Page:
Lasting lessons on diversity and inclusion
As with any story you write and especially one with eight or nine sources, there is a lot that is left on the cutting room floor.
That’s especially true with my recent blog on what companies are doing to address racism and promote diversity and inclusion.
The interviews took place over a period of weeks and I worried that the initial fire I had for the topic would be lost. I’m happy with the published blog, but there is still so much more that I couldn’t quite figure out how to say in that kind of narrative.
One thing was the sincerity of the executives. My interviews often lasted 30-40 minutes and from those interviews I used just a few quotes from each person. But during those conversations, the executives talked in often person terms what impact the last few months have had on them and what they personally have learned.
It was interesting as well that these executives see this as a journey, both personal and professional.
As leaders at their companies, these executives are used to taking charge. It’s part of the job description. But in this case, they’ve had to take a step back and listen and fight the urge to take over the conversation.
In the few months since George Floyd’s murder, these executives have been in a listening mode. They’re talking to minority employees and hearing heart breaking stories of racism, both inside and outside the office.
The listening and the conversations need to continue, they told me, but they also are moving forward with actions. As I described in the blog, training sessions are in the works as well as the development of new community action programs and shifts in charitable contributions.
There’s a great desire to create an atmosphere where people can have frank conversations and when things go awry, company cultures should allow employees to speak up and call out inappropriate behaviors.
People need to feel free to say something.
Getting there does not happened overnight. And that was another big take away for me. This is a journey and there will be steps and missteps along the way. And at the same time, none of these executives see a quick fix.
There was a lot of talk about taking steps and being careful not to do too much at once. They talked about setting achievable goals and moving forward.
All of the executives talked about the need for training, and that’s an area I’d like to explore more going forward, particularly the training around unconscious bias and micro-aggressions. What do those terms mean? What does the training look like? How do employees and managers react?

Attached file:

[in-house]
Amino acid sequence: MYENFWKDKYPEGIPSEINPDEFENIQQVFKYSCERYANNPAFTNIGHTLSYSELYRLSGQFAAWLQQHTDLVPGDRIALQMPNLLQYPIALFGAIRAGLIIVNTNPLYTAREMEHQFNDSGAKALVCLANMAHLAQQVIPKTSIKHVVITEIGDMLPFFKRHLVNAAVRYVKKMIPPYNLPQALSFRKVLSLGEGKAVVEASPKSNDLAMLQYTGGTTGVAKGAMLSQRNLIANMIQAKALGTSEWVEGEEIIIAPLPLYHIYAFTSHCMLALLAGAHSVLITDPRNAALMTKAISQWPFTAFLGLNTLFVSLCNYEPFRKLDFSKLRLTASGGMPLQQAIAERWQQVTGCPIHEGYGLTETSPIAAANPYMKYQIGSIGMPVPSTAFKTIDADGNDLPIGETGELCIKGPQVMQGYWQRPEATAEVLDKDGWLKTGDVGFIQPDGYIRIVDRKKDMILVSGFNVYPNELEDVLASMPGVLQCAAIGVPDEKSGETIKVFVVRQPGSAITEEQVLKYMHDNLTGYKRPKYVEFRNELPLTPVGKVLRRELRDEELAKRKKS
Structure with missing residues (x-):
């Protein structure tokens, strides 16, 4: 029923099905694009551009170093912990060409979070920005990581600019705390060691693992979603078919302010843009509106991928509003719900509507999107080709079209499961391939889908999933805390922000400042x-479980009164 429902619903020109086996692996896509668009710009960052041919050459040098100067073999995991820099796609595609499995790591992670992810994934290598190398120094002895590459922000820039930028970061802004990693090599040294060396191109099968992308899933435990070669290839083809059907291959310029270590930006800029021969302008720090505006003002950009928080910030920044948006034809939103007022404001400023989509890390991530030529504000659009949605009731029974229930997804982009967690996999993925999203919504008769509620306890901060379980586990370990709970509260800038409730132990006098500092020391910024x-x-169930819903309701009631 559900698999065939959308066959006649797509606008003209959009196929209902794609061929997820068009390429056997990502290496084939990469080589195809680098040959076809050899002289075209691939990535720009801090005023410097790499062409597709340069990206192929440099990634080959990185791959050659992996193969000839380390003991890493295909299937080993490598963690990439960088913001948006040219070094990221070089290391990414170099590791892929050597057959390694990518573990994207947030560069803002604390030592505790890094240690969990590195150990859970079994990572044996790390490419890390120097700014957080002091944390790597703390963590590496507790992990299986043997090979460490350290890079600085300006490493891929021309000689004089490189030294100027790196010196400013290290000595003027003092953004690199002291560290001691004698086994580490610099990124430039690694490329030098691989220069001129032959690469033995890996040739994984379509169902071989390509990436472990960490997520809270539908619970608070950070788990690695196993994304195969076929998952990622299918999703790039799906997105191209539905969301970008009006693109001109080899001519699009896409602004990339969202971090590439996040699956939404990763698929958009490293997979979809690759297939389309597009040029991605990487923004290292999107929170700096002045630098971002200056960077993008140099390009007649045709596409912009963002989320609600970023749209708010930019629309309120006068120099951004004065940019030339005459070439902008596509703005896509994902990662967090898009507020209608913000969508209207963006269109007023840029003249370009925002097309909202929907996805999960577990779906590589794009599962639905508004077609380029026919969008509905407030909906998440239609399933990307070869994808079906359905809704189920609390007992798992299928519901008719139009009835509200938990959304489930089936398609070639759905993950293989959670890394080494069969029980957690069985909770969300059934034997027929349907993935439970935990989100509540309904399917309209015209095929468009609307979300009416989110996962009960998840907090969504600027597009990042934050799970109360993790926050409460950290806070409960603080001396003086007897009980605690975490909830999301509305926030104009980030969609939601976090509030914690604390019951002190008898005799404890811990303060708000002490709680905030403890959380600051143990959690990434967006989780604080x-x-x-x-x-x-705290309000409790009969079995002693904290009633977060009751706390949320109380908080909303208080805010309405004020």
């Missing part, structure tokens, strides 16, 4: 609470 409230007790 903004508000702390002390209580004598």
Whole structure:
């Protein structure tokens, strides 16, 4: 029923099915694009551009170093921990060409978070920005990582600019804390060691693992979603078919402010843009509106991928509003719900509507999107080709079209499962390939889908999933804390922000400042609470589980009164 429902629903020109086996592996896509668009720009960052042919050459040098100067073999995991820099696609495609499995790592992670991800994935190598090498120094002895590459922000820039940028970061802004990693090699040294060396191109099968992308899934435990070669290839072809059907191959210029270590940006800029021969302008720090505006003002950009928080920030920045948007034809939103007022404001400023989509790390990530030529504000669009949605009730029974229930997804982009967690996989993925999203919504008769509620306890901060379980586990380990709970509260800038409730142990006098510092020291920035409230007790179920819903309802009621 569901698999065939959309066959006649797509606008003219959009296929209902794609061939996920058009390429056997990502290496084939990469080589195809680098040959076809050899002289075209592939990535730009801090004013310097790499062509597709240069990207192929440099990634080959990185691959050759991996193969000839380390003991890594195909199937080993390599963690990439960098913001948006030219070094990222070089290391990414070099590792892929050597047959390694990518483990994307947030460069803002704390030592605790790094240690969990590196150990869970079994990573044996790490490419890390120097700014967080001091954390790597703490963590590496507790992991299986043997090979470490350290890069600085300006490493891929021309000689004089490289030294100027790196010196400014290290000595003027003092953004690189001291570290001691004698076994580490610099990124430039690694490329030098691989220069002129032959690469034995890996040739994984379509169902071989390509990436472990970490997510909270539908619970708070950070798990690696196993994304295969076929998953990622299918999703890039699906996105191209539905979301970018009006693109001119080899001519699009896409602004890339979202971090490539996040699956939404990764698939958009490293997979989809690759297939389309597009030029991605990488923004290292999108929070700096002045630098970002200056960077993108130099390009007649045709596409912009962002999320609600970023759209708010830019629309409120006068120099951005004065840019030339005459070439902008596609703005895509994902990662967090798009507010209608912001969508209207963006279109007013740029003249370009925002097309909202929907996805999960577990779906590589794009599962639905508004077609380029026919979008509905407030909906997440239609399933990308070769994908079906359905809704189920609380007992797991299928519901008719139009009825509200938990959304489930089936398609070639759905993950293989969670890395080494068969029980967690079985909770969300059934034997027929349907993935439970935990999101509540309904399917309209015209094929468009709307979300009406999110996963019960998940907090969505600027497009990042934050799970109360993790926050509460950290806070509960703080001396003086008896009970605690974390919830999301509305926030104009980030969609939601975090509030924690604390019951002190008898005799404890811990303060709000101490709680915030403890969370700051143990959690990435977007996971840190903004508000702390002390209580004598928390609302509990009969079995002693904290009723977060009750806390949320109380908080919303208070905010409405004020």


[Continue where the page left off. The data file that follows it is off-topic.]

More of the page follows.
The question that over-arches all of this for me (and one I probably didn’t ask well enough) is how do you sustain it? How do you avoid fatigue?
One plus for companies is that this focus on diversity and inclusion can have a lot of business benefits. More voices at the table and more perspectives can result in better ideas and solutions for the customer.
I learned that diversity and inclusion are two different things with the concept of inclusion being where the real change will happen. It doesn’t matter if your work force exactly mirrors the country’s demographics -- yes, you can check the diversity box -- but if those minority voices can’t speak up and be heard then the value of that diversity is lost. That’s why inclusion is so important.
Another encouraging sign has been the quarterly reports by the publicly-traded GovCon firms and how they are being asked about diversity and inclusion by some analysts. Many of these executives have spoken on the topic without being asked during these investor calls.
I believe the way that businesses, and GovCon firms in particular, can be leaders on these national issues.
Next steps for me are to keep listening and to look for more voices to include. Don’t hesitate to reach out.
Posted by Nick Wakeman on Aug 17, 2020 at 9:43 AM